What are your 2010 Toronto bike commuting goals?

Going past

I’ll admit that I got a late start to bike commuting. It took me more than 3 years of city living to finally give it a try. In June 2009, on a bit of a whim, I took my new bike on a 25 km journey to my office in the outer reaches of Toronto (so far in fact that it’s not even in Toronto).

At first, I’d bike just twice a week as I needed the next day to recover. If it looked like rain, I jumped on the subway (then bus, then another bus and sometimes yet another bus).

All it took was one rainfall that I didn’t see coming and I lost the fear of getting wet. I was already soaked with sweat, so it made little difference, and rain actually feels good in the heat and humidity of a Toronto summer.

By the end of 2009 I had bought cycling shorts, tights, a shirt or two and a waterproof jacket. I now have a sturdy lock (and back-up lock for paranoia), panniers, two pumps, various lights and more cycling goodies than I can even remember.

So, what can I do more in 2010? Well, there’s been one big change for me. My commute, which was recently shortened to just 20 km each way has been drastically cut. I’ve joined the ranks of the work-from-home brigades, no commuting necessary. At least not daily.

This opens new doors for me. I get the chance to take morning or noon rides on trails I previously never would have seen on weekdays. I get to ride for pleasure, and if my route starts to wear on me, I get to change it. Lucky me, I know.

Yet, working from home also provides the opportunity to become lazy. I worked so hard getting comfortable as a bicycle commuter that it’s hard to give it up cold turkey. So, I’m going to make my morning rides my own sort of commute. It will be the longest distance between my bedroom and my home office possible, much more than a few shuffle-steps.

Over on Commute by Bike, Bike Shop Girl has compiled a list of 2010 bike commuter goals. Here are her 8 goals with my comments:

1. Learn how to properly lock your bike

There are a lot of different places to lock your bike in Toronto. It took me some time and practice to find the “sweet spots” for locking to post and rings and other spots. I find that a sturdy u-lock through the frame and front wheel is best for eliminating vulnerable gaps between lock, bike and rack. This also helps keep your bike upright as other people use the rack.

2. Start a Commuter Challenge

I’ve personally resisted getting a cycling computer. I’m a little too competitive and really want to keep my eyes on the road. But, if you find your commute getting stale, then why not strive to make the best time possible or work out how to catch every green light?

3. Motivate a co-worker to commute by bike

You could start by taking them with you on a ride one weekend. Show them your route when the roads are less busy. Unfortunately, no one at my office joined me last year… but walking in all sweaty with a bike in tow certainly got us talking about something new.

4. Join your local advocacy group

In Toronto you can start by joining the Toronto Cyclist Union. Joining is a great start, but getting active and participating in events or volunteering is even better. My goal is to do more with the Union now that I’m a proud member.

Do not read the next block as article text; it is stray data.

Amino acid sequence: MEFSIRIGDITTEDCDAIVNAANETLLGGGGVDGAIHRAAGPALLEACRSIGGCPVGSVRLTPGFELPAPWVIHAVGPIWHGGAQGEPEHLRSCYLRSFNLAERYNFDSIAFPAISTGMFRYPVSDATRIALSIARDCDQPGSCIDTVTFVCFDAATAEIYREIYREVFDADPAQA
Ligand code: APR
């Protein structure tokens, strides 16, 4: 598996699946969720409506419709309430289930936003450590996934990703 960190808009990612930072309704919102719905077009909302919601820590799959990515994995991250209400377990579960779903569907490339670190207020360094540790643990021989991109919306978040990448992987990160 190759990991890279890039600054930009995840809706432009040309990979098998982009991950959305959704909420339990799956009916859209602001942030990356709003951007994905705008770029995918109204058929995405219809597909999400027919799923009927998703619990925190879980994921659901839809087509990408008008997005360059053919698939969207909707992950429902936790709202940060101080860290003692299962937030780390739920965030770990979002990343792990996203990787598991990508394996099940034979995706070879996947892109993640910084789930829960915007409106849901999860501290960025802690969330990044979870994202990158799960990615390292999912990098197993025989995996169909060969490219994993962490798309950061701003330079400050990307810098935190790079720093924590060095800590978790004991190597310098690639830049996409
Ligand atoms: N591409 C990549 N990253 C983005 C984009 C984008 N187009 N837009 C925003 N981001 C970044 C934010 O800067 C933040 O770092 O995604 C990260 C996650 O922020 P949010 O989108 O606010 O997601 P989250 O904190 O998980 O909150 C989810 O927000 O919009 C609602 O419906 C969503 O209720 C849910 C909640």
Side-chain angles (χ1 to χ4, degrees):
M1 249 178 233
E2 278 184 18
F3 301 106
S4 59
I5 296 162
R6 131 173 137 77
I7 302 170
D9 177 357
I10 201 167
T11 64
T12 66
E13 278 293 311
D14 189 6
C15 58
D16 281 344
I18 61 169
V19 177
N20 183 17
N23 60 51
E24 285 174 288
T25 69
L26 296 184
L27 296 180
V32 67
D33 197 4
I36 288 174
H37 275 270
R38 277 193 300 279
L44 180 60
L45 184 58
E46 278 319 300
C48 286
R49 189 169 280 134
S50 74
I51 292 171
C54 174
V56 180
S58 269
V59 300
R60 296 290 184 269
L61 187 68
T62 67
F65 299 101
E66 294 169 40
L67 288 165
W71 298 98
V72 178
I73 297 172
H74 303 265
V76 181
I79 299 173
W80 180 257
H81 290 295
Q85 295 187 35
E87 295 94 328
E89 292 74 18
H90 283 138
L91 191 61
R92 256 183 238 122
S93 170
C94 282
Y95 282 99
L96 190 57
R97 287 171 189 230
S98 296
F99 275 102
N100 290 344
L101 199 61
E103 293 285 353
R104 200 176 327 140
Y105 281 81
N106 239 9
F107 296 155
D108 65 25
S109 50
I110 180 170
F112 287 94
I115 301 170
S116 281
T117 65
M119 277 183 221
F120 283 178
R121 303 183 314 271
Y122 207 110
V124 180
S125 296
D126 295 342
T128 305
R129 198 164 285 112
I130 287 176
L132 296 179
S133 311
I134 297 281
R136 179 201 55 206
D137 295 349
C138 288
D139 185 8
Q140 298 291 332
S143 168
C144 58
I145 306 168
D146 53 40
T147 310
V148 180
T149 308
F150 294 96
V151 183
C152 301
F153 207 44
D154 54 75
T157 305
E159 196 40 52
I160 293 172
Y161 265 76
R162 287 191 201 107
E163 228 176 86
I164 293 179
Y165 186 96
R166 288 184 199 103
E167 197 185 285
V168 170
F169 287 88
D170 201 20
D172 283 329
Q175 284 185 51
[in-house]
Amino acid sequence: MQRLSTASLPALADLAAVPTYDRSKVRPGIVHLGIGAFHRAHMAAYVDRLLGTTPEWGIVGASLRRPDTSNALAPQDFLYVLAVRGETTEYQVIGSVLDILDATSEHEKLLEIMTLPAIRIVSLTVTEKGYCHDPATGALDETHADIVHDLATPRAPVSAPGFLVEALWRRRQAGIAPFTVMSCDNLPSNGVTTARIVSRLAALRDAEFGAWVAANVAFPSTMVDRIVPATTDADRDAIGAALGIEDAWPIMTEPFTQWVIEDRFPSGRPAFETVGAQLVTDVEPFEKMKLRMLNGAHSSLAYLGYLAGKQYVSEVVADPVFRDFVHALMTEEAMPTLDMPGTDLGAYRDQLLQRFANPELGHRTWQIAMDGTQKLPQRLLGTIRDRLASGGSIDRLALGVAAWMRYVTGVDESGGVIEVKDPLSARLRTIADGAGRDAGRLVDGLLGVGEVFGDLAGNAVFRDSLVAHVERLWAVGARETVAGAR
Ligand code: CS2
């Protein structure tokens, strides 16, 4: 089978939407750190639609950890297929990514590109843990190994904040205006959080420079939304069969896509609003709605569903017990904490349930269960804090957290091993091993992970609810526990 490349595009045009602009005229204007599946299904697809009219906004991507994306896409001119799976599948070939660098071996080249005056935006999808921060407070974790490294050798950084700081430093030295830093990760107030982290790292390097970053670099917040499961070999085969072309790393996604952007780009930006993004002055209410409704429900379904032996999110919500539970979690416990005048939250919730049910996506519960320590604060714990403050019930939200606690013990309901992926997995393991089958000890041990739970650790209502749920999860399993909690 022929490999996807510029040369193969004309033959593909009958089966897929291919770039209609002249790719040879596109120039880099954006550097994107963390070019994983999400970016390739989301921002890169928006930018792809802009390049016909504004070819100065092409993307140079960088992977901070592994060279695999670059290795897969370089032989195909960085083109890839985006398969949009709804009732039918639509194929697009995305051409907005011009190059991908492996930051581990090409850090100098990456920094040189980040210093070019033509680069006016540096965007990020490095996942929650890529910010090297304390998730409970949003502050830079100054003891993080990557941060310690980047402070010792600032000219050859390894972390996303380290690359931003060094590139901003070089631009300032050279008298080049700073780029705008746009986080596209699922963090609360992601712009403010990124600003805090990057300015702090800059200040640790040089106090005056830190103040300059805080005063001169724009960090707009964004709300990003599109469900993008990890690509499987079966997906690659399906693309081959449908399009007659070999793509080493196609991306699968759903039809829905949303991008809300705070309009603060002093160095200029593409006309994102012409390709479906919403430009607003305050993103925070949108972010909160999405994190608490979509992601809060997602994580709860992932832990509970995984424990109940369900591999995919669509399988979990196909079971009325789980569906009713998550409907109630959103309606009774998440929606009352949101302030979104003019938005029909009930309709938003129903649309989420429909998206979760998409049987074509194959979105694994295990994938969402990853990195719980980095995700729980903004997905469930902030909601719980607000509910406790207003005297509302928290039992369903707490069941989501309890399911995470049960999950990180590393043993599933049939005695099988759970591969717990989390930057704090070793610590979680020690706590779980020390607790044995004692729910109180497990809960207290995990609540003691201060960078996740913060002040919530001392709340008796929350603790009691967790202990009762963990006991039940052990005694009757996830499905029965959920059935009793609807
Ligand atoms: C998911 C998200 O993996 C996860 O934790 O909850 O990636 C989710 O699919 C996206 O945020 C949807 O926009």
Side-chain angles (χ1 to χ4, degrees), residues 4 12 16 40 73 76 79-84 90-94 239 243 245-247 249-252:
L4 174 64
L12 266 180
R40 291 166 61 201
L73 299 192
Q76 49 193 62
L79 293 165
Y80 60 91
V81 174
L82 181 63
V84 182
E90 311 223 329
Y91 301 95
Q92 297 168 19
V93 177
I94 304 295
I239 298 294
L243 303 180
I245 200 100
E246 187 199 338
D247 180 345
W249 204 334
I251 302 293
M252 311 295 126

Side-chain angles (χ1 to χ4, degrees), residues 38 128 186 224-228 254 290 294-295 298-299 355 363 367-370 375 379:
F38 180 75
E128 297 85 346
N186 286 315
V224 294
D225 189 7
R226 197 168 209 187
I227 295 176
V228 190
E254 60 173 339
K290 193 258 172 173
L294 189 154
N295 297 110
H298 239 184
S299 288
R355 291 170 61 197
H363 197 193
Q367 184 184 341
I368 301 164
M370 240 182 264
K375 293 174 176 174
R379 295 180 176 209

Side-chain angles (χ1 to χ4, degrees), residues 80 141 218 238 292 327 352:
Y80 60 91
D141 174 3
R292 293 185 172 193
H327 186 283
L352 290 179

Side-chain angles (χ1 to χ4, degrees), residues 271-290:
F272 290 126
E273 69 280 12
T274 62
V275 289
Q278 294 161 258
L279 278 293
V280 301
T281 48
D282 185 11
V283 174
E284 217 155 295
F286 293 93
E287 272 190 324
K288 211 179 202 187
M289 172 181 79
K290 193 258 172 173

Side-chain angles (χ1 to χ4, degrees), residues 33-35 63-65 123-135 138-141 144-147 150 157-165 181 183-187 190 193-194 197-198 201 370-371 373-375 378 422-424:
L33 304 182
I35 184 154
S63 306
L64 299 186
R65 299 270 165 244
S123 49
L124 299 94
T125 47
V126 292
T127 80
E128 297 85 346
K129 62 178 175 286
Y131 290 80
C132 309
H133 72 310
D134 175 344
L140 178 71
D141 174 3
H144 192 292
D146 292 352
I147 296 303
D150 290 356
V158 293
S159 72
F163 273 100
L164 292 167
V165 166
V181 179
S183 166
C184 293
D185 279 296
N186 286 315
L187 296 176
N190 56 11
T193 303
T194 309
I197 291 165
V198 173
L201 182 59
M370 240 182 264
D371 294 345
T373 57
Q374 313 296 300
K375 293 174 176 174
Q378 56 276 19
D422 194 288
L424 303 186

5.  Take photos to inspire others and yourself

There are more than 2,000 photos in the BikingToronto Flickr Pool… why not help us reach 3,000? Edit: As mentioned in the comment below, the pool is now approaching 4,000!

6.  Setup a commuter zone

My bike accessories once filled a small tupperware container. Now, I have a dedicated shelf near the door where I keep bungees, gloves, lights, the odd tool and helmets. Making space for your bike stuff, and making it accessible, are a great way to remind yourself that it’s better by bike.

7. Practice preventative maintenance

Not sure what to do with those tools a family member gave you over the holidays? Make a visit to Bike Pirates or the Community Bicycle Network and learn how to fix your own bike before it decides it no longer wants to go. If you live in Toronto’s East end, why not get involved in starting a DIY shop as well?

8. Invest in your gear

It’s certainly not necessary to have a full cycling wardrobe. But, adding pieces like waterproof gloves, a waterproof jacket or even shoes can help make your commute more enjoyable no matter what the weather is like.

That’s all 8… but I’m certain there are many more. What are your 2010 cycling/commuting/living goals? Share yours in the comments below.

Photo via sevenman in BikingToronto’s Flickr Pool

Dottie Demonstrates Dressing for Winter Cycling

While waiting for the TTC last night at Dufferin and Bloor I watched several cyclists pedal by. Mostly, they were men. And mostly they were wearing cycling tights, and bright yellow cycling jackets, and thick gloves and goggles or glasses.

Then, with the wind blowing her hair, a woman cycled past in a long wool jacket, wool mittens and tall boots.
As demonstrated below, you don’t have to don the latest advances in plastics to cycle year round, even in Toronto. Never underestimate the power of wool to keep you warm.

Video via Let’s Go Ride a Bike

Bloated Roads and Bloated Bellies

Intersection

The problems are obvious. Our manufactured environment is detrimental to our health, when done wrong. Physical activity not only makes you smarter, it helps improve our lives. Yet, when we let our built environment get in the way, well, the results are clear.
From The McGill Daily:

Walking life
Max Halparin outlines steps to a healthy city